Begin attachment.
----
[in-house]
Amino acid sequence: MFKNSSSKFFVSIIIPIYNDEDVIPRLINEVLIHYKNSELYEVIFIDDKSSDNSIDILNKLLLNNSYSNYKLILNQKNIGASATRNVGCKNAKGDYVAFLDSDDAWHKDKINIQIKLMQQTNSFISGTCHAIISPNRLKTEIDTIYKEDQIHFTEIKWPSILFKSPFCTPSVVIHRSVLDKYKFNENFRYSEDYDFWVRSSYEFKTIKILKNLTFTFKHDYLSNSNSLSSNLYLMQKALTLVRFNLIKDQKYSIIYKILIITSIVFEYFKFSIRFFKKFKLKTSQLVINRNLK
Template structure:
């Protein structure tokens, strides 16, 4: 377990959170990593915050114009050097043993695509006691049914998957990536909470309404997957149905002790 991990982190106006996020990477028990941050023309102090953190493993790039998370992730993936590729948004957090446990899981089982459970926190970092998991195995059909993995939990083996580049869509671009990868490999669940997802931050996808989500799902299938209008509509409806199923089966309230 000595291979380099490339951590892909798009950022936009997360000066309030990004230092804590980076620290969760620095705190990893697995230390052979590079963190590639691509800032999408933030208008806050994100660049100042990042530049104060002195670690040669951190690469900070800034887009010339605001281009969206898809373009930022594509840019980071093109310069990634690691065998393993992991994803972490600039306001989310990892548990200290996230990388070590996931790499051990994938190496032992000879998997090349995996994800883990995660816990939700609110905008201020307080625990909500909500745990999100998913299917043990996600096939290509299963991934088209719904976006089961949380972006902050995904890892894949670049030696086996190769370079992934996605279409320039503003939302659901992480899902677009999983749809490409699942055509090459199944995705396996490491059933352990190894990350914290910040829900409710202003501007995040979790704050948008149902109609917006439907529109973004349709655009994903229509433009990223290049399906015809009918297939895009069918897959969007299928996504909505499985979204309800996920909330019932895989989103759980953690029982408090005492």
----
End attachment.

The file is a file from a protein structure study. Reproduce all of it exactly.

[in-house]
Amino acid sequence: MFKNSSSKFFVSIIIPIYNDEDVIPRLINEVLIHYKNSELYEVIFIDDKSSDNSIDILNKLLLNNSYSNYKLILNQKNIGASATRNVGCKNAKGDYVAFLDSDDAWHKDKINIQIKLMQQTNSFISGTCHAIISPNRLKTEIDTIYKEDQIHFTEIKWPSILFKSPFCTPSVVIHRSVLDKYKFNENFRYSEDYDFWVRSSYEFKTIKILKNLTFTFKHDYLSNSNSLSSNLYLMQKALTLVRFNLIKDQKYSIIYKILIITSIVFEYFKFSIRFFKKFKLKTSQLVINRNLK
Template structure:
């Protein structure tokens, strides 16, 4: 377990959170990593915050114009050097043993695509006691049914998957990536909470309404997957149905002790 991990982190106006996020990477028990941050023309102090953190493993790039998370992730993936590729948004957090446990899981089982459970926190970092998991195995059909993995939990083996580049869509671009990868490999669940997802931050996808989500799902299938209008509509409806199923089966309230 000595291979380099490339951590892909798009950022936009997360000066309030990004230092804590980076620290969760620095705190990893697995230390052979590079963190590639691509800032999408933030208008806050994100660049100042990042530049104060002195670690040669951190690469900070800034887009010339605001281009969206898809373009930022594509840019980071093109310069990634690691065998393993992991994803972490600039306001989310990892548990200290996230990388070590996931790499051990994938190496032992000879998997090349995996994800883990995660816990939700609110905008201020307080625990909500909500745990999100998913299917043990996600096939290509299963991934088209719904976006089961949380972006902050995904890892894949670049030696086996190769370079992934996605279409320039503003939302659901992480899902677009999983749809490409699942055509090459199944995705396996490491059933352990190894990350914290910040829900409710202003501007995040979790704050948008149902109609917006439907529109973004349709655009994903229509433009990223290049399906015809009918297939895009069918897959969007299928996504909505499985979204309800996920909330019932895989989103759980953690029982408090005492």